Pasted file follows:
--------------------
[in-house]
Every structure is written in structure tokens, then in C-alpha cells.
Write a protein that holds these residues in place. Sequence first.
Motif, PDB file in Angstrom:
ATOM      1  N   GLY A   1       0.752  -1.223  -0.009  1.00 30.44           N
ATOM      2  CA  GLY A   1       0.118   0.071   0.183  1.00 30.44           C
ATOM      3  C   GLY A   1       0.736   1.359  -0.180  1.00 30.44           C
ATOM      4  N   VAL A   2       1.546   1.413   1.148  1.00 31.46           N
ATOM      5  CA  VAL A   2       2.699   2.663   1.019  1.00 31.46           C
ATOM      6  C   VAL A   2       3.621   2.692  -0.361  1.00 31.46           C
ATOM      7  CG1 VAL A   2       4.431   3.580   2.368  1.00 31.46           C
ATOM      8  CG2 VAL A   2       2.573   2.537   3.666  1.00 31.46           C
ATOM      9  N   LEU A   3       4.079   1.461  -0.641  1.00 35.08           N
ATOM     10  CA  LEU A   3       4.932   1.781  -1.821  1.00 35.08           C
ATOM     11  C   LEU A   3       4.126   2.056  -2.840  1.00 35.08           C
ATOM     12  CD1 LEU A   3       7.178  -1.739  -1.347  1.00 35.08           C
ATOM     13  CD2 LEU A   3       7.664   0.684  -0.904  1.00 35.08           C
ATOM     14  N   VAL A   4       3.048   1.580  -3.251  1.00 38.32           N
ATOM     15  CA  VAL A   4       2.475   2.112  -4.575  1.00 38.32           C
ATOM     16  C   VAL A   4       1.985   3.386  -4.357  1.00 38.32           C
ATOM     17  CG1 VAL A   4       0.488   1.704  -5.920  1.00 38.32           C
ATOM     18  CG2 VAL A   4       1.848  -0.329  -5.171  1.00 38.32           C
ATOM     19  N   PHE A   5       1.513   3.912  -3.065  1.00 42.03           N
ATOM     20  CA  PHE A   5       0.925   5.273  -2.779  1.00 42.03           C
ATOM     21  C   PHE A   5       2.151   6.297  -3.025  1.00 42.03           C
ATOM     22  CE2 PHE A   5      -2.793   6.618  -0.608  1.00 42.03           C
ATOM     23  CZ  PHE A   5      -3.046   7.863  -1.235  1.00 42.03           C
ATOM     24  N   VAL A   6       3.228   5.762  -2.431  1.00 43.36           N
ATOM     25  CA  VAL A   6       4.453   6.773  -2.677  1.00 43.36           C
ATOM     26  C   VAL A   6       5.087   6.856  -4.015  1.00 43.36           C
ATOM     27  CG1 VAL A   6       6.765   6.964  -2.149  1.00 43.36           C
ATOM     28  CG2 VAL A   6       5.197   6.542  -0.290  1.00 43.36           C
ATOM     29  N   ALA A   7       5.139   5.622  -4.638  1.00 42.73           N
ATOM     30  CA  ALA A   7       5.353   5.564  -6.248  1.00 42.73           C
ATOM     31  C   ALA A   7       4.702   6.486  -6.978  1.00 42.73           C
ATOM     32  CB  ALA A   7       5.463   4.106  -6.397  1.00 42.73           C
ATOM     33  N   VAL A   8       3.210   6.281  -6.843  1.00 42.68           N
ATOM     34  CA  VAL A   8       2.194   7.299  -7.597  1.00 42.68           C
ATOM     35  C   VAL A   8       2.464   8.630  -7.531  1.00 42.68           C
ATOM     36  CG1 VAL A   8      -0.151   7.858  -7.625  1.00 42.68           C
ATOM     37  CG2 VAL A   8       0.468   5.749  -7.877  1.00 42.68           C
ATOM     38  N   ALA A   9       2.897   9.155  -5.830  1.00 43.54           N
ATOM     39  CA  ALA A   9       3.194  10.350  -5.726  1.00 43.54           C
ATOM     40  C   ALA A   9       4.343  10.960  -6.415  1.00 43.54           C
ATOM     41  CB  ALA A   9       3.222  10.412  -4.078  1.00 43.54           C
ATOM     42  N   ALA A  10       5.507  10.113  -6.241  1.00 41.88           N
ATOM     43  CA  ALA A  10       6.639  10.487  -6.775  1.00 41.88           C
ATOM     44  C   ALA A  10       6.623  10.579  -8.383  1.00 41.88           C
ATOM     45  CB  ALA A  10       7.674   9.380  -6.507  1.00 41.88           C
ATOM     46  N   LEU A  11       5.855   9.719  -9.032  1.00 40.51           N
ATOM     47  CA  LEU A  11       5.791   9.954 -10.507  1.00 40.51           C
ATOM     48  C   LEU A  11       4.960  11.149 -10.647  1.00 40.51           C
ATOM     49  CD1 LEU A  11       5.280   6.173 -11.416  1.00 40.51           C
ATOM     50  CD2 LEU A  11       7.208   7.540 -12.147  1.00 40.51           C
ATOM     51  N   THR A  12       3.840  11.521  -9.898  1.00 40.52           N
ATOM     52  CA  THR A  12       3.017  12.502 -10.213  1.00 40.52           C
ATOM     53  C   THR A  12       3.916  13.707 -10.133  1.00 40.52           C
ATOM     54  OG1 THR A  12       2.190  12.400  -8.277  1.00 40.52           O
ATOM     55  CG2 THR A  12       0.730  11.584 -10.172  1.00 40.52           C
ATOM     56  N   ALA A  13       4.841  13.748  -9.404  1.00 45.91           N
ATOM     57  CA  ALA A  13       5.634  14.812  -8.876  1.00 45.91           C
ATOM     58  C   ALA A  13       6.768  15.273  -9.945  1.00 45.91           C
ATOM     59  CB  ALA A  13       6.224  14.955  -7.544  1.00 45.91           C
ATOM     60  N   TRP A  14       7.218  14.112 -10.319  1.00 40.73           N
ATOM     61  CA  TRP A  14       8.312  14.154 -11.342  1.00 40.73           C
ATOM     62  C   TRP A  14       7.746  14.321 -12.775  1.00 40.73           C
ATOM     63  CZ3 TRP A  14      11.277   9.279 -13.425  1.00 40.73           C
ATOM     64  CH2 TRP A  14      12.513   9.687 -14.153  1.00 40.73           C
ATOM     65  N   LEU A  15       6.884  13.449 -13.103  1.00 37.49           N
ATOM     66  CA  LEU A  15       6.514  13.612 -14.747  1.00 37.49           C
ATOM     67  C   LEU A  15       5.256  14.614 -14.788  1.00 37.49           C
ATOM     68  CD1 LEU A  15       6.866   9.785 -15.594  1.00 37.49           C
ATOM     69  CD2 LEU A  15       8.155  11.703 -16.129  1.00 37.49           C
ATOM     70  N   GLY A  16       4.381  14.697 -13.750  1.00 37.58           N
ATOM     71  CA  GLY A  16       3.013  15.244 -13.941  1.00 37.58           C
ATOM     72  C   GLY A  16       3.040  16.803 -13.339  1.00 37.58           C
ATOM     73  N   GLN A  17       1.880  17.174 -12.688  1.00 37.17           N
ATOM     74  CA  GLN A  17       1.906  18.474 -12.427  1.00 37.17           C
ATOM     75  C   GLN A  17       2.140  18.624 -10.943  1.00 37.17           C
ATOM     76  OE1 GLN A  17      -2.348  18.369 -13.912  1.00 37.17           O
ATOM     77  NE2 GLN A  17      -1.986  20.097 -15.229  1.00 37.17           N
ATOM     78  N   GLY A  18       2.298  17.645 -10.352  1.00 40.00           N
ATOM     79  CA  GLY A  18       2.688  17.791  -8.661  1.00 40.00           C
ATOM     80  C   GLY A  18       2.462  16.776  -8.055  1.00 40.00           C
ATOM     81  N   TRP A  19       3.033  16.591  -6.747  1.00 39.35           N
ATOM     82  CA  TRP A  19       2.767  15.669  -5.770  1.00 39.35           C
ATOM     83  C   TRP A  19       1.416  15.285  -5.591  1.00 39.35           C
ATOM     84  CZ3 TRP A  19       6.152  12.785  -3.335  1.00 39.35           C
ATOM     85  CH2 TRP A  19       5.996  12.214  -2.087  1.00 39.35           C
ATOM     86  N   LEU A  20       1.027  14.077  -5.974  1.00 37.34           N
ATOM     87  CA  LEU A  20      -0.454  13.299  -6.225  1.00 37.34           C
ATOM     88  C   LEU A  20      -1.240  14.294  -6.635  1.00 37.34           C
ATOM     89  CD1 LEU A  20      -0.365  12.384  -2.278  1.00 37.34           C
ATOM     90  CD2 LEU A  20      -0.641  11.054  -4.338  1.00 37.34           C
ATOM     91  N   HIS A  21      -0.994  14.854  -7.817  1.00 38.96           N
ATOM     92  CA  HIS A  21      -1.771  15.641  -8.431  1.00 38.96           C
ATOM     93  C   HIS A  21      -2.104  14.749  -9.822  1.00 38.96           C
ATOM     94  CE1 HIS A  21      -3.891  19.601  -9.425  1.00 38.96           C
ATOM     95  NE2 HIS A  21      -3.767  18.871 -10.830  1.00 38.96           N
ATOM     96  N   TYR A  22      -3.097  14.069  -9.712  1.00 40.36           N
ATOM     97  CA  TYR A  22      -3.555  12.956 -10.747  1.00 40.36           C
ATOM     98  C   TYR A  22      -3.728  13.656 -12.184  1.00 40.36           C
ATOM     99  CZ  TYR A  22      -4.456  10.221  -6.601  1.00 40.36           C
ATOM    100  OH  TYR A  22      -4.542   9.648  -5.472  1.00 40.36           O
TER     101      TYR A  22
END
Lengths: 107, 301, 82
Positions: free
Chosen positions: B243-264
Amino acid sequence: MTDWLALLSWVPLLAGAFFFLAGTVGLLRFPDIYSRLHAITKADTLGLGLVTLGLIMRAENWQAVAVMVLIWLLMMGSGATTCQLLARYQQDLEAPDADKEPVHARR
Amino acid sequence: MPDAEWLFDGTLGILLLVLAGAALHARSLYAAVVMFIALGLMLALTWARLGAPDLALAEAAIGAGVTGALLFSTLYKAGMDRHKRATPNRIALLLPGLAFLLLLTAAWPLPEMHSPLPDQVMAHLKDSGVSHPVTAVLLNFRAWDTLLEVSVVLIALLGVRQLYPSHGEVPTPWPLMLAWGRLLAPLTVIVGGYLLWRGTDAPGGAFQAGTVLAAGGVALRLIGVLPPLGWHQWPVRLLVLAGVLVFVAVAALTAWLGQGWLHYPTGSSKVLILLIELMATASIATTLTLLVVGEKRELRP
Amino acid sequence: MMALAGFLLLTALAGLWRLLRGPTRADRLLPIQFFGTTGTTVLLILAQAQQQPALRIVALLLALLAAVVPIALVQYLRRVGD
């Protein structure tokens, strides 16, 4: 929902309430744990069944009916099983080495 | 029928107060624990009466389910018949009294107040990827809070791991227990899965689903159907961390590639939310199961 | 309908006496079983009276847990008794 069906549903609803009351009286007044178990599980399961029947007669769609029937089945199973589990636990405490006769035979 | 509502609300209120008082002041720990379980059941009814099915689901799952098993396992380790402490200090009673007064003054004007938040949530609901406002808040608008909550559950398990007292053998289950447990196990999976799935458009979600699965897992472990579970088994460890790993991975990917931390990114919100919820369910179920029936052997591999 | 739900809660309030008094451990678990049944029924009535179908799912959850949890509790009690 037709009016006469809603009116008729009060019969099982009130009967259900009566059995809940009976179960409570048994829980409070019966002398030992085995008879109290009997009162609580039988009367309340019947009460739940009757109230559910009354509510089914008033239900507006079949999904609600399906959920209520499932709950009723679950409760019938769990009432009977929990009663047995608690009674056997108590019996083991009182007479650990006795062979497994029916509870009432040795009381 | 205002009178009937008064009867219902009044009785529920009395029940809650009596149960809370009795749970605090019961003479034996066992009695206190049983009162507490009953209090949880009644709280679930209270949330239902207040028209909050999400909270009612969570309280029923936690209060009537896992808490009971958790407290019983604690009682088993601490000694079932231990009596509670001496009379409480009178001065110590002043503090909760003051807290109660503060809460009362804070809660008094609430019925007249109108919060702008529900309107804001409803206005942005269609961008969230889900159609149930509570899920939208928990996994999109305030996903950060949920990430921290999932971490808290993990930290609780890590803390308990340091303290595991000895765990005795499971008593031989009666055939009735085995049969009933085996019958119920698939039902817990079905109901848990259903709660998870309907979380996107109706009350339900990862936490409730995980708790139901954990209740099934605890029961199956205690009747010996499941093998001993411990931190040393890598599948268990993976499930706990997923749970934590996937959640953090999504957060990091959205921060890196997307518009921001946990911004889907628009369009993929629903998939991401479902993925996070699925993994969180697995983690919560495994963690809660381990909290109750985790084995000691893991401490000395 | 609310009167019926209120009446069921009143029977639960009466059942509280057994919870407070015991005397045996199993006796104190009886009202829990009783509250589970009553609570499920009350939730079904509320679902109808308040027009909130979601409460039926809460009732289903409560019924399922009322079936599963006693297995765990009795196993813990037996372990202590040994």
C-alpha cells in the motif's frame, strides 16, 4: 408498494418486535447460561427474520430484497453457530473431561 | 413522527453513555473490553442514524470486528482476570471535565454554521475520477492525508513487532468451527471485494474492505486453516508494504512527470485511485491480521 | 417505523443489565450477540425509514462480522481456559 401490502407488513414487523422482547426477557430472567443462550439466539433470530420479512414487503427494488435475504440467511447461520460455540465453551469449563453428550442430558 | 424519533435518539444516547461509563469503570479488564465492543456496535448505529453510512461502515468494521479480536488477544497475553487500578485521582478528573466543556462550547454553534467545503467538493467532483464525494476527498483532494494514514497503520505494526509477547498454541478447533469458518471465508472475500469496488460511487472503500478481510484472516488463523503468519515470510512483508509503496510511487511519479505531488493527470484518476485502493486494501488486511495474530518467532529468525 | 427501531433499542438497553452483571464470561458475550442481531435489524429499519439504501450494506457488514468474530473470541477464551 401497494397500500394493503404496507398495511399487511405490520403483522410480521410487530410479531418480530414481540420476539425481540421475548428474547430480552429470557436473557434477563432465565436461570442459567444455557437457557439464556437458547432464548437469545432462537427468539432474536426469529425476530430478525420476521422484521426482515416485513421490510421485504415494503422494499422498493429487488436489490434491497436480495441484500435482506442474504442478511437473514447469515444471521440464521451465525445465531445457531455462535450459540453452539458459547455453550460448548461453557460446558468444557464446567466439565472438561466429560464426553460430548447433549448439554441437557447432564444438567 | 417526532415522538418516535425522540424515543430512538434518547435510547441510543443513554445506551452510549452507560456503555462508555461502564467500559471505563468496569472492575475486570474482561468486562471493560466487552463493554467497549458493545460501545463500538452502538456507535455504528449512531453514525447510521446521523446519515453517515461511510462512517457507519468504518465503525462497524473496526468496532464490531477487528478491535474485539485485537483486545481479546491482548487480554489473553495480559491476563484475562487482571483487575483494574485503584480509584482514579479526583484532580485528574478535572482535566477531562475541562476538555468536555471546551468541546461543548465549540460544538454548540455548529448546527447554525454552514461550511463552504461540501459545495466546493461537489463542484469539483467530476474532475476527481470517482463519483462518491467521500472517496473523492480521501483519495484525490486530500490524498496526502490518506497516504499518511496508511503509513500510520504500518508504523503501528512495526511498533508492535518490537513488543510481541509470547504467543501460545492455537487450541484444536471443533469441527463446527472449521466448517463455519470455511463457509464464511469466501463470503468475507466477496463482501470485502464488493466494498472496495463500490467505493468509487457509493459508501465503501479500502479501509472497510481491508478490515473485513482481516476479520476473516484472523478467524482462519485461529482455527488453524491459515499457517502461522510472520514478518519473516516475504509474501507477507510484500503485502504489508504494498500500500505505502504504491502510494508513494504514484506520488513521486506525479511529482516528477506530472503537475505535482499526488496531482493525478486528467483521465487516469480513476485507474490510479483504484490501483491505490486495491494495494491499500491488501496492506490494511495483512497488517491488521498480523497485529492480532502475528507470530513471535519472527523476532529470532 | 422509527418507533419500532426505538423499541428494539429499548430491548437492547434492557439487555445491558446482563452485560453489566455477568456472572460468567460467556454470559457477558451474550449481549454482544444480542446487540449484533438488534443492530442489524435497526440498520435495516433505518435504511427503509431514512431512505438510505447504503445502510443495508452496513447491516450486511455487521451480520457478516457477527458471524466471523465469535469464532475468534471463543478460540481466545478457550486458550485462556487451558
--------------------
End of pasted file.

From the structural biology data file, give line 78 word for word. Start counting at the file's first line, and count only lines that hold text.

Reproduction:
ATOM     74  CA  GLN A  17       1.906  18.474 -12.427  1.00 37.17           C